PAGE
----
If the Federal finds a problem with an immigration decision, the Federal Court does not have jurisdiction to substitute its own decision for that of the decision-maker. If deemed appropriate, the court can quash the decision and remit the matter back to a different immigration officer for redetermination.

The Federal Court has the jurisdiction to issue extraordinary remedies (or prerogative writs). These include:

  • certiorari (i.e. an order quashing the decision);
  • prohibition (i.e. an order preventing a decision); and
  • mandamus (i.e. an order compelling the performance of a public duty).

 

6- Procedure

A judicial review of an immigration decision is started by making an application for leave to the Federal Court.

Azimi Law may assist you with an appeal or judicial review of an immigration decision. We are empathetic, knowledgeable and confident, and ready to provide efficient and practical solutions.

References

Blake, Sara. Administrative Law in Canada, 6th ed. Toronto, ON: LexisNexis, 2017.

Flood, Colleen M. and Lorne Sossin. Administrative Law in Context, 3rd Edition. Toronto, ON: Edmond Publishing Inc., December 2017.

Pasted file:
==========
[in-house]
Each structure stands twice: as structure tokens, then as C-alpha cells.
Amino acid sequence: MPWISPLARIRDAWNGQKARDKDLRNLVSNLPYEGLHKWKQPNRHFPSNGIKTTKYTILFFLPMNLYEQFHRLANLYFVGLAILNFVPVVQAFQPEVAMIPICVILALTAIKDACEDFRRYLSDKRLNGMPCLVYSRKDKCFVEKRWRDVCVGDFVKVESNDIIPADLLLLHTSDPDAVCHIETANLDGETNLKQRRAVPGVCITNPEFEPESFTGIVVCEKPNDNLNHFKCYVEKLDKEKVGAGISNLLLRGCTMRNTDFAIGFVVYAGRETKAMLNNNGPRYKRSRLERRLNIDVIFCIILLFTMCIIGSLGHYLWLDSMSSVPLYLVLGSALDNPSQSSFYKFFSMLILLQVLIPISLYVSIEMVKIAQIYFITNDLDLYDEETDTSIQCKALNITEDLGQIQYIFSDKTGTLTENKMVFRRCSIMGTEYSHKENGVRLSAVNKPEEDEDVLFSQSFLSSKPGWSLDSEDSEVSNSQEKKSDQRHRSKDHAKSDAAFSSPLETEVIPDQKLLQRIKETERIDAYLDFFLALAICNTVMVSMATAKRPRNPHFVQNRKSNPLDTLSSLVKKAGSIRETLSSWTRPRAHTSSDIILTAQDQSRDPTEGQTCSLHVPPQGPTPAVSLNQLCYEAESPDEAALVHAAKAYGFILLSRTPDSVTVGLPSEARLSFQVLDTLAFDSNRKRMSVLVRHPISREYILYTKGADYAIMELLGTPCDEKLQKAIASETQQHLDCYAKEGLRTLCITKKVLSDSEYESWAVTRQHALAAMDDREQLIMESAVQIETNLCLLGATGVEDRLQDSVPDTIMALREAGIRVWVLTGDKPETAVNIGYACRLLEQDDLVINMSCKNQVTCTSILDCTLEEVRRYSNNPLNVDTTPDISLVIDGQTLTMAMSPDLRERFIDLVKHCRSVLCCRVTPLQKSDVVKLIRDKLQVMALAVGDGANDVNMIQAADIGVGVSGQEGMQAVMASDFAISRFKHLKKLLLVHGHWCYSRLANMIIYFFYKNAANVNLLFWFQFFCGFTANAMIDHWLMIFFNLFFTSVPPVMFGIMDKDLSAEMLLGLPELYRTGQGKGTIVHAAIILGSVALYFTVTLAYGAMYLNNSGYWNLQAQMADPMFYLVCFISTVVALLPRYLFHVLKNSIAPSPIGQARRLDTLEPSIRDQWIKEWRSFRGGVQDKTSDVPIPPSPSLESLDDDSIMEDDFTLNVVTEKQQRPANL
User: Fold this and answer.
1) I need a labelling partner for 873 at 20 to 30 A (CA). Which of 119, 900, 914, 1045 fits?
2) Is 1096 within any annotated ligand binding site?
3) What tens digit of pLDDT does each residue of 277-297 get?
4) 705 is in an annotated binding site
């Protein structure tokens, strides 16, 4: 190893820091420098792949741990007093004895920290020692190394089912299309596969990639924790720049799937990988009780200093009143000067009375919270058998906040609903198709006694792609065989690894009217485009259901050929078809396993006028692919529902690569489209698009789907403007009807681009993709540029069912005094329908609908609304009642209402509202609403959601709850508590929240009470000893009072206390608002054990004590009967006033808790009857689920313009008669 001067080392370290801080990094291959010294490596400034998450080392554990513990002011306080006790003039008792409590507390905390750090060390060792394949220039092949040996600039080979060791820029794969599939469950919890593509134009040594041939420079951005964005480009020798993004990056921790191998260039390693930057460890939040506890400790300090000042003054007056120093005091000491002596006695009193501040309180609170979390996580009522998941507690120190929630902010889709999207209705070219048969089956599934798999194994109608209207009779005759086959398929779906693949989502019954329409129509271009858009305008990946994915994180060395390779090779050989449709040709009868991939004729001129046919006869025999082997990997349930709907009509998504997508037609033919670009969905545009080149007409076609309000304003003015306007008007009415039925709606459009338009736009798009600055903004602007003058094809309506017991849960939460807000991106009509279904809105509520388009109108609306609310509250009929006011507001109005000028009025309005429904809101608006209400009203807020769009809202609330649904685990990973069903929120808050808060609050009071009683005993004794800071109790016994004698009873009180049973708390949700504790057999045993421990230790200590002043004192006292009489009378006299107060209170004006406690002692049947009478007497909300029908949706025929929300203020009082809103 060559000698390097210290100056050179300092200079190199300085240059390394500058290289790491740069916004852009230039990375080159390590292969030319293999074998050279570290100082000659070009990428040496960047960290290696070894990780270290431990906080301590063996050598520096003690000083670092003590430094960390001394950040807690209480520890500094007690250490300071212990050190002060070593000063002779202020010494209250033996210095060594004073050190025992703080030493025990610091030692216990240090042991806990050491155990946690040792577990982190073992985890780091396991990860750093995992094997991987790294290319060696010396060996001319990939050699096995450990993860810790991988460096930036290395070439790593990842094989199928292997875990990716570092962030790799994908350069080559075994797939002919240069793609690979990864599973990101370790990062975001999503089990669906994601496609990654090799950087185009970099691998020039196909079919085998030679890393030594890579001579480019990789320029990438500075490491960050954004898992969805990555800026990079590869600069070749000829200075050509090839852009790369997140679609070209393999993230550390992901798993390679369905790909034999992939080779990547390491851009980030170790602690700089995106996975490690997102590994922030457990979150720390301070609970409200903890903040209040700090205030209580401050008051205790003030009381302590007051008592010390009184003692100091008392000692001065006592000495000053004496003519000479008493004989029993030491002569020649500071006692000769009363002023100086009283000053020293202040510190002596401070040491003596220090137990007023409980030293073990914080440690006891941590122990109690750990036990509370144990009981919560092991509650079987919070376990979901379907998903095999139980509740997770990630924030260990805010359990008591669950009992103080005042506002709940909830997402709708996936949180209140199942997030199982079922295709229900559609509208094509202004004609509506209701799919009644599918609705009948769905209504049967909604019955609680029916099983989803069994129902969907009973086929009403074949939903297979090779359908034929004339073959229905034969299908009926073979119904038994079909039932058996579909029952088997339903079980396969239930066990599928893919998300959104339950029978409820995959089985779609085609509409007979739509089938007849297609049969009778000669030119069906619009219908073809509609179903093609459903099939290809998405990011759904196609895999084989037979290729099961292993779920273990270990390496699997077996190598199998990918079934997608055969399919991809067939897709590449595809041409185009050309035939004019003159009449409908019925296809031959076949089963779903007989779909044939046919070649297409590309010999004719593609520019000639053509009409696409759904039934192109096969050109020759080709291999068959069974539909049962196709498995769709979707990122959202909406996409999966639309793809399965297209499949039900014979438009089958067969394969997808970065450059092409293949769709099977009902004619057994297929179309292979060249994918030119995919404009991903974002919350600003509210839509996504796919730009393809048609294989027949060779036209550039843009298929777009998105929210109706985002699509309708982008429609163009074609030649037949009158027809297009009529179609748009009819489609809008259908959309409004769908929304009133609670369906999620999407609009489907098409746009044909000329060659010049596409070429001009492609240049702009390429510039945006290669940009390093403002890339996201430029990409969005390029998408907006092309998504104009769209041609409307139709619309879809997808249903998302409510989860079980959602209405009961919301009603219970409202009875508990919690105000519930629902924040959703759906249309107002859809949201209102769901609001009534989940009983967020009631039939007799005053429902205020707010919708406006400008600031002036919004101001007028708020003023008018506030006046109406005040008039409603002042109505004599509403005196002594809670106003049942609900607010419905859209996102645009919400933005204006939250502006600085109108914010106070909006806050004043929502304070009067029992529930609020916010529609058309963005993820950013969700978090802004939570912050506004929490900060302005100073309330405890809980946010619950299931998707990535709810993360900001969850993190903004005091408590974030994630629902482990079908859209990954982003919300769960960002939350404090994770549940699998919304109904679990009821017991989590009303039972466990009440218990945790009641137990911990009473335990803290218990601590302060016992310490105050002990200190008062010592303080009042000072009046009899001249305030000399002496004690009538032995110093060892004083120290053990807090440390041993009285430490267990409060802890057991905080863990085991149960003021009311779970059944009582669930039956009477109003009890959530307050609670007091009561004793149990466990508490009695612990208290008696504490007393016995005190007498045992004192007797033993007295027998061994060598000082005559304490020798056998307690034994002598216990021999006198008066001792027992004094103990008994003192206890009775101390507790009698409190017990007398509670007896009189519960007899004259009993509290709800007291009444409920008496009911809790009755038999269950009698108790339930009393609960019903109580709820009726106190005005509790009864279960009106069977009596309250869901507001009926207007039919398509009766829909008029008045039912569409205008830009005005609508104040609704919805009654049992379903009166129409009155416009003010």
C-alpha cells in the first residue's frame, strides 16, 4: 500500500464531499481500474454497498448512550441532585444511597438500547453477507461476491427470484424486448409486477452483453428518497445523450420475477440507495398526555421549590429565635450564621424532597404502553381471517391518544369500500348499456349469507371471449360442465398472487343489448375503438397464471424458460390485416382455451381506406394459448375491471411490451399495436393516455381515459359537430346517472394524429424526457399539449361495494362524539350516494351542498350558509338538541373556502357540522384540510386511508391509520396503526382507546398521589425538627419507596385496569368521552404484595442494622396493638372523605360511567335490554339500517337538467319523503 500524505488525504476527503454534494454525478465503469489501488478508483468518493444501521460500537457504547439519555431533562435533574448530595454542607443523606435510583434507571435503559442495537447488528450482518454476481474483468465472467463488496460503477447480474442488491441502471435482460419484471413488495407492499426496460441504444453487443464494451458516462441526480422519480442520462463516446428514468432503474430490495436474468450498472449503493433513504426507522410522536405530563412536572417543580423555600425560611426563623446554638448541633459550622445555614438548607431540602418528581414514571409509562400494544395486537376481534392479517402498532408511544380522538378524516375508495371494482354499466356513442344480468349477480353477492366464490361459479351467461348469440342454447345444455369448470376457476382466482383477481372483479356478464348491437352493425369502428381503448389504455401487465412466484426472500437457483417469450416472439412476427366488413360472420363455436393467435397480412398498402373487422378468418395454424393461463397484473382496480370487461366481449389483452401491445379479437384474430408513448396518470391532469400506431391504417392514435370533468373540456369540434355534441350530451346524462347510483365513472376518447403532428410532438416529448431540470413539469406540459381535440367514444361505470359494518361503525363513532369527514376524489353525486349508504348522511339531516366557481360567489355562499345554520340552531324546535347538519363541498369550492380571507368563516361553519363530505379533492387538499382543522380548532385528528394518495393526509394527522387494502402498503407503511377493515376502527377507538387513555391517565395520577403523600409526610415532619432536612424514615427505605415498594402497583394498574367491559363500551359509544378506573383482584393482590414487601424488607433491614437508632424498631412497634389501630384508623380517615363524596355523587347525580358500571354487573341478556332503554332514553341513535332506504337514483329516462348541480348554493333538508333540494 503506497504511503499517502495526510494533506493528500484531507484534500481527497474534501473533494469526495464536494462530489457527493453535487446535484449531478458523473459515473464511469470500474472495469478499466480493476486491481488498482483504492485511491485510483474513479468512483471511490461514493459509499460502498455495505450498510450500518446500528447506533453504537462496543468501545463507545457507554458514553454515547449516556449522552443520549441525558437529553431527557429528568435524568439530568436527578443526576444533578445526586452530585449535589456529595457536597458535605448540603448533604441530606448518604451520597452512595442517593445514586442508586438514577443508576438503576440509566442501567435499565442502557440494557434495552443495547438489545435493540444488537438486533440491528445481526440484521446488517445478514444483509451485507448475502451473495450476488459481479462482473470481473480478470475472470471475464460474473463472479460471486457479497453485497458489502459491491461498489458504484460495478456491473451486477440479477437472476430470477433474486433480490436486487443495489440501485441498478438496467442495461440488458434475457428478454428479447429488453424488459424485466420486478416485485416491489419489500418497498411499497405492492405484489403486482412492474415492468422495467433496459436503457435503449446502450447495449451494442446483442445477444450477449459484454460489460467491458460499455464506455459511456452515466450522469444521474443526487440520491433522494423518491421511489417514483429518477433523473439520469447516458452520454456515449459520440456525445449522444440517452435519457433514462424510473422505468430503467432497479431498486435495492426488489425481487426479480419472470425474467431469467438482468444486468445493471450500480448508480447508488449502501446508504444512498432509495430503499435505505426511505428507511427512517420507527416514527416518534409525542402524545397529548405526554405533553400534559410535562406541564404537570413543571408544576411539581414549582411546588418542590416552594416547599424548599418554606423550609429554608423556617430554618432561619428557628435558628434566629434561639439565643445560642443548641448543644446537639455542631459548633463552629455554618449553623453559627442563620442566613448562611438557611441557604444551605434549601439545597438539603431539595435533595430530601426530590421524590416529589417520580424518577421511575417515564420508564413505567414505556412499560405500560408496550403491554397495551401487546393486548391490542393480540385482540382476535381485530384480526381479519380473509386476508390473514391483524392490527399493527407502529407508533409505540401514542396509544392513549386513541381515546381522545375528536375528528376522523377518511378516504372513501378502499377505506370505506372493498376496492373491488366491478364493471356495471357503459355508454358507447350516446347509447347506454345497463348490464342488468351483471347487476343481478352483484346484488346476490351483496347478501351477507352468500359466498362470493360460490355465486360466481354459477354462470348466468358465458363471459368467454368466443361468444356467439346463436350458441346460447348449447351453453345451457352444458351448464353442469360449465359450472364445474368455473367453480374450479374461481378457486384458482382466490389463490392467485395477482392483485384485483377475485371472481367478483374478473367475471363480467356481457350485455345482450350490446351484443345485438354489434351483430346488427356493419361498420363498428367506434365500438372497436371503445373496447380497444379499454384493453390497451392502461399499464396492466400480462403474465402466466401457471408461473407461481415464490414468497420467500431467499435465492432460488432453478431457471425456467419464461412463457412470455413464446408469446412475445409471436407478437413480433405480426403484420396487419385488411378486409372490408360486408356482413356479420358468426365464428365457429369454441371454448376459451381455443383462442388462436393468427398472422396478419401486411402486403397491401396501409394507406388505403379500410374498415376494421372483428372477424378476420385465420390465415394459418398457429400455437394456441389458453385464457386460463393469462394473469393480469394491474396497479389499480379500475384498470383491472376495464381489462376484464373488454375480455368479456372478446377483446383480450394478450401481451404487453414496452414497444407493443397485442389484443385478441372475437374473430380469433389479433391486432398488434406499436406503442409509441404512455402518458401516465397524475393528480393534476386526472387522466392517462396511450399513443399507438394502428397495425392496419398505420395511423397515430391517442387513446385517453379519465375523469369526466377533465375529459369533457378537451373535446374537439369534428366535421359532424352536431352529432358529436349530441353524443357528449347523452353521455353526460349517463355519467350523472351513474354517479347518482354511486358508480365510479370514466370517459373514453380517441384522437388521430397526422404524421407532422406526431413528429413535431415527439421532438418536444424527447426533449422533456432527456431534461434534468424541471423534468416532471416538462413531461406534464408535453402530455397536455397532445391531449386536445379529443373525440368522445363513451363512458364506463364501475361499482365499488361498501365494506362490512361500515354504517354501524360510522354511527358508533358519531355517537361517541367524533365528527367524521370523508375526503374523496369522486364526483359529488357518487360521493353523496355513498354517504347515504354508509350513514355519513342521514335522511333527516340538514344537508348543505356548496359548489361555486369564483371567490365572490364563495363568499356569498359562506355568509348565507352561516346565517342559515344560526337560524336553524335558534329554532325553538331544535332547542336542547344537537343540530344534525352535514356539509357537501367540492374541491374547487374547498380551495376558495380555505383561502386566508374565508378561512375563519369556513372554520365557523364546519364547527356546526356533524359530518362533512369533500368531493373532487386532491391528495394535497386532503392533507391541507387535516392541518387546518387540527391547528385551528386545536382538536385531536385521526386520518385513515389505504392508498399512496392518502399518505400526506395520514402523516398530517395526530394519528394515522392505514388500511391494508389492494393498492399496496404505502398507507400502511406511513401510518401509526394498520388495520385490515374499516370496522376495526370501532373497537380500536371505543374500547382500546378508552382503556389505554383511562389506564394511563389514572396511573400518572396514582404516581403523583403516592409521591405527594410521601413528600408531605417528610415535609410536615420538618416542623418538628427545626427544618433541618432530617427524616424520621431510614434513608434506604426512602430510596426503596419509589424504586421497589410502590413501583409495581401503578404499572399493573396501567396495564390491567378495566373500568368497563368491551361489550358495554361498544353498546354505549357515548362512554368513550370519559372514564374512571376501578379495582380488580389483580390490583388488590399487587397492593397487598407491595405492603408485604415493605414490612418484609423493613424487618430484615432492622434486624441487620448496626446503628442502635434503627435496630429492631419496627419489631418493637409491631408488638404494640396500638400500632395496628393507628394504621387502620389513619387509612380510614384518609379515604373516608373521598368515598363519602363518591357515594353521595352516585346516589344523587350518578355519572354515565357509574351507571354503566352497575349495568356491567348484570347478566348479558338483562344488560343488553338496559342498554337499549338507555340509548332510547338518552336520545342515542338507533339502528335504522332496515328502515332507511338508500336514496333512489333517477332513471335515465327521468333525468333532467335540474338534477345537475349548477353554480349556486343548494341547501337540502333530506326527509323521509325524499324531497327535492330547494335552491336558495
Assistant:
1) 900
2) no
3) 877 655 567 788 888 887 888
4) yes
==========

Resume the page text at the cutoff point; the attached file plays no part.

Liew, Jamie Chai Yun and Donald Galloway. Immigration Law, 2nd Edition. Toronto, ON: Irwin Law Inc., August 2015.

[1] IRPA, s. 63.

[2] IRPA, s. 72(1).

[3] Federal Courts Act, s. 18.1(4).

[4] Baker v. Canada (Minister of Citizenship and Immigration), [1999] S.C.J. No. 39 (QL), para. 23 [“Baker”].

[5] Ibid, para. 24.

[6] Ibid, para. 25.

[7] Ibid, para. 26.

[8] Ibid, para. 27.

[9] Committee for Justice and Liberty et al v. National Energy Board et al, [1978] 1 SCR 369, page 394.

[10] Dunsmuir v. New Brunswick, [2008] S.C.J. No. 9 (QL), para. 50 [“Dunsmuir”].

[11] Canada (Minister of Citizenship and Immigration) v. Vavilov, [2019] S.C.J. No. 65 (QL), paras. 15 and 85 [“Vavilov”].

[12] Canadian Association of Refugee Lawyers v. Canada (Immigration, Refugees and Citizenship), [2020] F.C.J. No. 1093 (QL), para. 35 [“Refugee Lawyers”].

[13] Mekhissi v. Canada (Citizenship and Immigration), [2020] F.C.J. No. 201 (QL), paras. 11-13 [“Mekhissi”].


[1] IRPA, s. 63.

[2] IRPA, s. 72(1).

[3] Federal Courts Act, s. 18.1(4).

[4] Baker v. Canada (Minister of Citizenship and Immigration), [1999] S.C.J. No. 39 (QL), para. 23 [“Baker”].

[5] Ibid, para. 24.

[6] Ibid, para. 25.

[7] Ibid, para. 26.

[8] Ibid, para. 27.

[9] Committee for Justice and Liberty et al v. National Energy Board et al, [1978] 1 SCR 369, page 394.

[10] Dunsmuir v. New Brunswick, [2008] S.C.J. No. 9 (QL), para. 50 [“Dunsmuir”].

[11] Canada (Minister of Citizenship and Immigration) v. Vavilov, [2019] S.C.J. No. 65 (QL), paras. 15 and 85 [“Vavilov”].

[12] Canadian Association of Refugee Lawyers v. Canada (Immigration, Refugees and Citizenship), [2020] F.C.J. No. 1093 (QL), para. 35 [“Refugee Lawyers”].

[13] Mekhissi v. Canada (Citizenship and Immigration), [2020] F.C.J. No. 201 (QL), paras. 11-13 [“Mekhissi”].